While North Carolina lawmakers may not be planning to return for a special session this year, state legislators say they will nonetheless push for calendar waivers for schools battered by Hurricane Matthew, WRAL is reporting.
The news comes as some flooded eastern North Carolina districts rebuild after Matthew’s soaking rains.
State law requires that schools operate 180 days a year, and some storm-wracked school systems have talked of being forced to extend school days in order to meet the requirement. But that may not be necessary.
Top House lawmakers say they want to give school districts affected by Hurricane Matthew relief from the requirement they operate for 180 days per year.
“This is essentially giving flexibility back to the local school districts,” Rep. Gregory Murphy, R-Pitt, said during a news conference Monday.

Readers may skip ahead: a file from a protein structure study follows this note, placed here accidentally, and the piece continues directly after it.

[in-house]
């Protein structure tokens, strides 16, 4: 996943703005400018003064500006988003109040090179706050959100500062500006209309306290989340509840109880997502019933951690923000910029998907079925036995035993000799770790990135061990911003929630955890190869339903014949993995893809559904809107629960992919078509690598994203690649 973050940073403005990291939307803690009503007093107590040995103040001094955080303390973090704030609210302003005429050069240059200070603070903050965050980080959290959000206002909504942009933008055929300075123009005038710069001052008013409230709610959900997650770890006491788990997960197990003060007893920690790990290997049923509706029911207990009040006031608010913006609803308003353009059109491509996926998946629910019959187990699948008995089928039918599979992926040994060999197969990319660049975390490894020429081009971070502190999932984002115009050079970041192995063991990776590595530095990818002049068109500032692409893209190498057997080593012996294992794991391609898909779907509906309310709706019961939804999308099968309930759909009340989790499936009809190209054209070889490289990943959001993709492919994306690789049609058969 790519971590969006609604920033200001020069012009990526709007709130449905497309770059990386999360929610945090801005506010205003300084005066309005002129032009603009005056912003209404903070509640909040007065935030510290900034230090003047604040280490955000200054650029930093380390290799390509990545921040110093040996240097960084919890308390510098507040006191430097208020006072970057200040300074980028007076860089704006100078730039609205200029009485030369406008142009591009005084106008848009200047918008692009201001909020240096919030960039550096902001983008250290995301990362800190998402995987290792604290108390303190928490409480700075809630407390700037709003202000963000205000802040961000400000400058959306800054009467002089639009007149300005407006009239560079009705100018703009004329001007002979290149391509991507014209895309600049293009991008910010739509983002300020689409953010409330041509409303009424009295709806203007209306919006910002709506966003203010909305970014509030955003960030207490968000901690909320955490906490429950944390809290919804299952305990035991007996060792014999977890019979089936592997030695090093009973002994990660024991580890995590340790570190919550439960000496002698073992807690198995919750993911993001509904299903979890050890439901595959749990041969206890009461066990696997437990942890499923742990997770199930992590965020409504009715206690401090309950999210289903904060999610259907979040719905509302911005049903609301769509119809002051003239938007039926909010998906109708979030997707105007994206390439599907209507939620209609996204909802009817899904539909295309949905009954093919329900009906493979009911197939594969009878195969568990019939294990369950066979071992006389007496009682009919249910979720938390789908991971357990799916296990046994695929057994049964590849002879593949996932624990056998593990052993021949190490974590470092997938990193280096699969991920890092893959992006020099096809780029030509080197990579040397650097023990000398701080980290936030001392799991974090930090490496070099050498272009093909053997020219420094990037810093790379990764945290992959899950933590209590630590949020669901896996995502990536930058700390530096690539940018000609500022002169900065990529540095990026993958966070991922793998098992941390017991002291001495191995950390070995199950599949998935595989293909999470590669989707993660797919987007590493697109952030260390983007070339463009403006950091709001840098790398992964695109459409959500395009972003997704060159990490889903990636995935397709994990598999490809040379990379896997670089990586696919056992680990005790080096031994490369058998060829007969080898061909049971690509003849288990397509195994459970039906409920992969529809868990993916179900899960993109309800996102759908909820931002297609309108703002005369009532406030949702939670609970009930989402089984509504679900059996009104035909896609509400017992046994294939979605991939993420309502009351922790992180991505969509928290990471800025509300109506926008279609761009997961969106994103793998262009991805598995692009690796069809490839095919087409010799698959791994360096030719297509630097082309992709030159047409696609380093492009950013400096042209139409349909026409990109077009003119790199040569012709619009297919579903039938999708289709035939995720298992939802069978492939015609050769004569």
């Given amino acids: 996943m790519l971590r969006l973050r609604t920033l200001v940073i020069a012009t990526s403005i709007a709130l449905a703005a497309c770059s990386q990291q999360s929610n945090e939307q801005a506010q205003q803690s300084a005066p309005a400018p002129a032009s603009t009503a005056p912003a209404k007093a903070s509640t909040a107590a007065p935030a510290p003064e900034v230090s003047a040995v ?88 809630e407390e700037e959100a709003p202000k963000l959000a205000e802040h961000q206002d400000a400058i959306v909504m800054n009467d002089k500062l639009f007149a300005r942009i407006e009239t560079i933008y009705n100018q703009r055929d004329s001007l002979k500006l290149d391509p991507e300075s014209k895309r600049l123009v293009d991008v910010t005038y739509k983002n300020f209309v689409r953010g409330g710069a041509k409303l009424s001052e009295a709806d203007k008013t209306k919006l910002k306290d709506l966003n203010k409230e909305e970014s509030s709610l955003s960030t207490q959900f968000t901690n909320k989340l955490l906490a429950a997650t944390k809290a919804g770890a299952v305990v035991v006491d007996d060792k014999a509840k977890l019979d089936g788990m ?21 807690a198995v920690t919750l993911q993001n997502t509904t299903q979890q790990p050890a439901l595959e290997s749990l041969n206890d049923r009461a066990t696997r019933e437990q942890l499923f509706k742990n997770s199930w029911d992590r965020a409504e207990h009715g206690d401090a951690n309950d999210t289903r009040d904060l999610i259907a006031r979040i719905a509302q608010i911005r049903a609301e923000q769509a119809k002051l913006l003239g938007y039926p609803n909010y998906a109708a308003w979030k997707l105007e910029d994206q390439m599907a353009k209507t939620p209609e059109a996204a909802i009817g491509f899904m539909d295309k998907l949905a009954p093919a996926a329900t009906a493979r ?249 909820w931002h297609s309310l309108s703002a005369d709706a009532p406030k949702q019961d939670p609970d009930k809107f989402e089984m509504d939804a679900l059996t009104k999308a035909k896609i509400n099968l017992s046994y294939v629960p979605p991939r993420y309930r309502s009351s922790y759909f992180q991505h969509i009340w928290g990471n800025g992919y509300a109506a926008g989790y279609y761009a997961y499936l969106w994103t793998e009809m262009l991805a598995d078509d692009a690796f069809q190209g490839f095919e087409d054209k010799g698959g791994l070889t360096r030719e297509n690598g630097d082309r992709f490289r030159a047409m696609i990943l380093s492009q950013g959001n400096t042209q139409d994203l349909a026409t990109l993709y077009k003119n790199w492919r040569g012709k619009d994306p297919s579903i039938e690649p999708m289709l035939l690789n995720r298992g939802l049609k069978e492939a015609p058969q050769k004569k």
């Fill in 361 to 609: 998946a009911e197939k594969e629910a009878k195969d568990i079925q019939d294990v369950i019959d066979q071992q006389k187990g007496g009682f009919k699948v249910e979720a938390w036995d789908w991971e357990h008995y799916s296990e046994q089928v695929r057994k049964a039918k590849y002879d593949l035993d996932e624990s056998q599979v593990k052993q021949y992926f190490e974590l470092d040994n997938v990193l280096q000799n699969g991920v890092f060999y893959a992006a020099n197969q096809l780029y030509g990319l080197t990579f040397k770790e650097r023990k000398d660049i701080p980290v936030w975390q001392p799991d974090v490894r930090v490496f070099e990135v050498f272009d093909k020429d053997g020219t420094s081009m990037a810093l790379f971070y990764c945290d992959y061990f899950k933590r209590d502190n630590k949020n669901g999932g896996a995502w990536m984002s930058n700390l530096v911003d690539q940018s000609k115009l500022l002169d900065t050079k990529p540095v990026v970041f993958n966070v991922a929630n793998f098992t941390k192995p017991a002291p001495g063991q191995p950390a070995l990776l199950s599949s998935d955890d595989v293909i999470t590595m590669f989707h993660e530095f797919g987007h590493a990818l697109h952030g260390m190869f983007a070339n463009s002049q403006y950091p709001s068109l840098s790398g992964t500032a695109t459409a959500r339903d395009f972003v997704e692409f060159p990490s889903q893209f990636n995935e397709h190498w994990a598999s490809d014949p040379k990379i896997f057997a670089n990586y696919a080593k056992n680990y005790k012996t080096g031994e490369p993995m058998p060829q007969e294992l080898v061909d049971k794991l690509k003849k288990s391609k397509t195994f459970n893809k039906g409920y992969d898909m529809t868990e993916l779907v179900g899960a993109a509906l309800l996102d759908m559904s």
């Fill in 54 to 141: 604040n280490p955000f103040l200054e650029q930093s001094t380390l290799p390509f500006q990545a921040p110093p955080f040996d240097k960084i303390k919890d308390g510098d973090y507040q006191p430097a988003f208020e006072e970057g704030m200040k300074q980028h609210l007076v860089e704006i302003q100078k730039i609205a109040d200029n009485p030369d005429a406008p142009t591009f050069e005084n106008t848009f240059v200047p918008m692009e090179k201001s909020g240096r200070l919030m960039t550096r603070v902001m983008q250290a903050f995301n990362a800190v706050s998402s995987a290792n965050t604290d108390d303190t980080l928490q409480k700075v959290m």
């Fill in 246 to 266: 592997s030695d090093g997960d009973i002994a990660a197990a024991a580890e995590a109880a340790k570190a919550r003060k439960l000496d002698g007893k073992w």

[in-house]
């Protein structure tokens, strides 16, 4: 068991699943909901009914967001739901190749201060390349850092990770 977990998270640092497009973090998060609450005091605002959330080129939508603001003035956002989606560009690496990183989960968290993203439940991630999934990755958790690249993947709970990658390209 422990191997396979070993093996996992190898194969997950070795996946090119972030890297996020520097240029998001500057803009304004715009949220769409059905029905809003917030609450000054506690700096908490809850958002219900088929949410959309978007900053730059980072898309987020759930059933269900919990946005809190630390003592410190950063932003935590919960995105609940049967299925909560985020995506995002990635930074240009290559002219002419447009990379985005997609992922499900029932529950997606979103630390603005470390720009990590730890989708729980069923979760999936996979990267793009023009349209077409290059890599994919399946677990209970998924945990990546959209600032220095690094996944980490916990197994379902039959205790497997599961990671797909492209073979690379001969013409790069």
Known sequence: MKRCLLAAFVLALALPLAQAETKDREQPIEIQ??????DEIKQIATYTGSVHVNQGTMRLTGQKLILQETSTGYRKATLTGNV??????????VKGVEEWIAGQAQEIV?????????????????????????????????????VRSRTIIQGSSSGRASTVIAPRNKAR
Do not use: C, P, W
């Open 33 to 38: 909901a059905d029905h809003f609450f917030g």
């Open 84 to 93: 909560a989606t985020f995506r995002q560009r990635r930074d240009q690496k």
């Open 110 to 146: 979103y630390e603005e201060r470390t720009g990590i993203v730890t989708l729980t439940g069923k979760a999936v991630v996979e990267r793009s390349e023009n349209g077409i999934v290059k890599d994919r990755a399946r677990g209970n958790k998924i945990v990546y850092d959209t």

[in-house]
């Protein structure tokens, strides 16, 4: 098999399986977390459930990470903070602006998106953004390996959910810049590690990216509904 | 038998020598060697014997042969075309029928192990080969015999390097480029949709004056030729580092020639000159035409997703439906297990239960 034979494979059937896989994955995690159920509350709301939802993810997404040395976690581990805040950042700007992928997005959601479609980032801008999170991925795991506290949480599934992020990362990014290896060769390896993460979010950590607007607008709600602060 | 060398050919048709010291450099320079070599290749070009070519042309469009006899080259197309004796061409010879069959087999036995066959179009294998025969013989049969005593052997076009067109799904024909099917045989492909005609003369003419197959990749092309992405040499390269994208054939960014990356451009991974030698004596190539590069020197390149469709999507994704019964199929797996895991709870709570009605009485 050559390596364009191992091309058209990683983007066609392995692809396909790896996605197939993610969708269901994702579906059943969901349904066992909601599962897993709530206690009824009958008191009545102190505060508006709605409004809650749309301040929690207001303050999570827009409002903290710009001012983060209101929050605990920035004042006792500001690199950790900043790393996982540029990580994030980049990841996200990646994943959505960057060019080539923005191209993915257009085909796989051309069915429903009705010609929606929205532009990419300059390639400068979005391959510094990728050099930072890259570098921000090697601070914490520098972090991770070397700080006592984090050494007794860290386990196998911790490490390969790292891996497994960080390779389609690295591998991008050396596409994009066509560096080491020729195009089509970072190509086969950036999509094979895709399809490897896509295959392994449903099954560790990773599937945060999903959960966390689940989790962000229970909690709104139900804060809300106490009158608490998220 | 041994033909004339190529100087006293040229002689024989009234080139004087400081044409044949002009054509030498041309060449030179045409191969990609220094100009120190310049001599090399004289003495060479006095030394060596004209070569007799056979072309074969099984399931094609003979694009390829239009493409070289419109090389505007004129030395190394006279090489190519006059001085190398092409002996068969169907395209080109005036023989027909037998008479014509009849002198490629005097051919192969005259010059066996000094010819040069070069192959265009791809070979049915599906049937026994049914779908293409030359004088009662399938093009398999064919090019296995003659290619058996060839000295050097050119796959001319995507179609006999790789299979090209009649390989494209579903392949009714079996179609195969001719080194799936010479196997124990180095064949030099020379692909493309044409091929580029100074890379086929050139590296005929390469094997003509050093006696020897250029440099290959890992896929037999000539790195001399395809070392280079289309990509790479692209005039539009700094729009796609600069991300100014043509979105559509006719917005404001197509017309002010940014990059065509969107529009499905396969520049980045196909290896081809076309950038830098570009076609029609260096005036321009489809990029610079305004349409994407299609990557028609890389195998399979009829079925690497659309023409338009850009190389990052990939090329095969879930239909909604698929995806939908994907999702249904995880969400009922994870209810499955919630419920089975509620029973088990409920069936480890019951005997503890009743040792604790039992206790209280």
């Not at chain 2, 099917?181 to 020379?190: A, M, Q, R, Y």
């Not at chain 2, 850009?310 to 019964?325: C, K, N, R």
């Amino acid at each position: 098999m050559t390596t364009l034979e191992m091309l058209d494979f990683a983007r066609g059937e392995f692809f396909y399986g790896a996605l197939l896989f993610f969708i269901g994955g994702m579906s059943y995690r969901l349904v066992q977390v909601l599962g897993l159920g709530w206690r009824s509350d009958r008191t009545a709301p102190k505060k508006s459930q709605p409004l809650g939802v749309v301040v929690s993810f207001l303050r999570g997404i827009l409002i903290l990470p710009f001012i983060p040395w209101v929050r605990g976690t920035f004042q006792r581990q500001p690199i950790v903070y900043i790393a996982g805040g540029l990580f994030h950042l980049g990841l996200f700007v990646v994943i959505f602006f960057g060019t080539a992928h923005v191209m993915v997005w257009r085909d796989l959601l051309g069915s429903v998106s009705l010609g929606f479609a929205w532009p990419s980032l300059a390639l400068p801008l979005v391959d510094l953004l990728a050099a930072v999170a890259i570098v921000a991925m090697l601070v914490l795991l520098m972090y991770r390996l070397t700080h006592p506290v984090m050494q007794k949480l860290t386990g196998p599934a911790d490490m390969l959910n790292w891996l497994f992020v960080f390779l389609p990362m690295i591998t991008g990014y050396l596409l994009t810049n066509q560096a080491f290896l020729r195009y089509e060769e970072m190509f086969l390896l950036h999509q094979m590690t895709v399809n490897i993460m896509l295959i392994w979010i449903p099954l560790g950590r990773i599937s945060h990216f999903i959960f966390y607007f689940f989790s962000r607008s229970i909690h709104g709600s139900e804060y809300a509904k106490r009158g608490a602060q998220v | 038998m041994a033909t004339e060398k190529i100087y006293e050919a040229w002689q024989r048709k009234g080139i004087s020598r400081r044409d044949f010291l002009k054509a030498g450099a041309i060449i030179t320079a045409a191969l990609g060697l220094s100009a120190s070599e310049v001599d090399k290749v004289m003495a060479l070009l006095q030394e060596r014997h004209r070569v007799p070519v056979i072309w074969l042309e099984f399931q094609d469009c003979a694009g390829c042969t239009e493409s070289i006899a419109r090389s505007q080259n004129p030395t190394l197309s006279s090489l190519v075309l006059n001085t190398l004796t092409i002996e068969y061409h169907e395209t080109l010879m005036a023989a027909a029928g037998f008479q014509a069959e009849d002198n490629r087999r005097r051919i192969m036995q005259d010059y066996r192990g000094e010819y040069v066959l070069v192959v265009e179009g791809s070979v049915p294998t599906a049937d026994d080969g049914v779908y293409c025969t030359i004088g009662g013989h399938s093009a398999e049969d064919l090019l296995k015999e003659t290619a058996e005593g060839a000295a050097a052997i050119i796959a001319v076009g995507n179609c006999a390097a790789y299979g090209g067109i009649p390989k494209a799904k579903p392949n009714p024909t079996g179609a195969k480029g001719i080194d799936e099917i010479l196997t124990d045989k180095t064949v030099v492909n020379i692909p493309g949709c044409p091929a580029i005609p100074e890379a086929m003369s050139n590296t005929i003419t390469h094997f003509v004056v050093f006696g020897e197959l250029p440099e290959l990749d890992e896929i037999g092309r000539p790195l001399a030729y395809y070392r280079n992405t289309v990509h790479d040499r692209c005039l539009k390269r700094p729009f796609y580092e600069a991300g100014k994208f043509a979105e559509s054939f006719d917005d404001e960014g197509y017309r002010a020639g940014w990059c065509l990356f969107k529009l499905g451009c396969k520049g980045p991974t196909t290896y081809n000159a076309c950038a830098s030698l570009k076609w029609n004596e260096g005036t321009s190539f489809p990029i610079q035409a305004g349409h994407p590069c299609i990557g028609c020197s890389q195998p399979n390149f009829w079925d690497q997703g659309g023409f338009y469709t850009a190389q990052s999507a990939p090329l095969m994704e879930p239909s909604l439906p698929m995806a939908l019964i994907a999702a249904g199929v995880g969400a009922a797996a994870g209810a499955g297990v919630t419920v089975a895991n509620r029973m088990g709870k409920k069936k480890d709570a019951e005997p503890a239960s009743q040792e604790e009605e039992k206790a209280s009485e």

Schools closed in the aftermath of Matthew for a variety of reasons. Flooded roads, for example, made it impossible for some students to get to school.
“You also have schools that were damaged,” House Speaker Tim Moore said, pointing to two schools in Robeson County that were damaged by flood waters.
At this point, Moore said he does not anticipate lawmakers will return for a special session on the hurricane this fall. The General Assembly is scheduled to come back to session in January. Any change would not be certain until it was passed by the legislature and signed into law.
The House lawmakers’ proposal would create a one-time amendment to the state’s school calendar law. Districts that had to close due to flooding would be able to apply to the Department of Public Instruction for a waiver.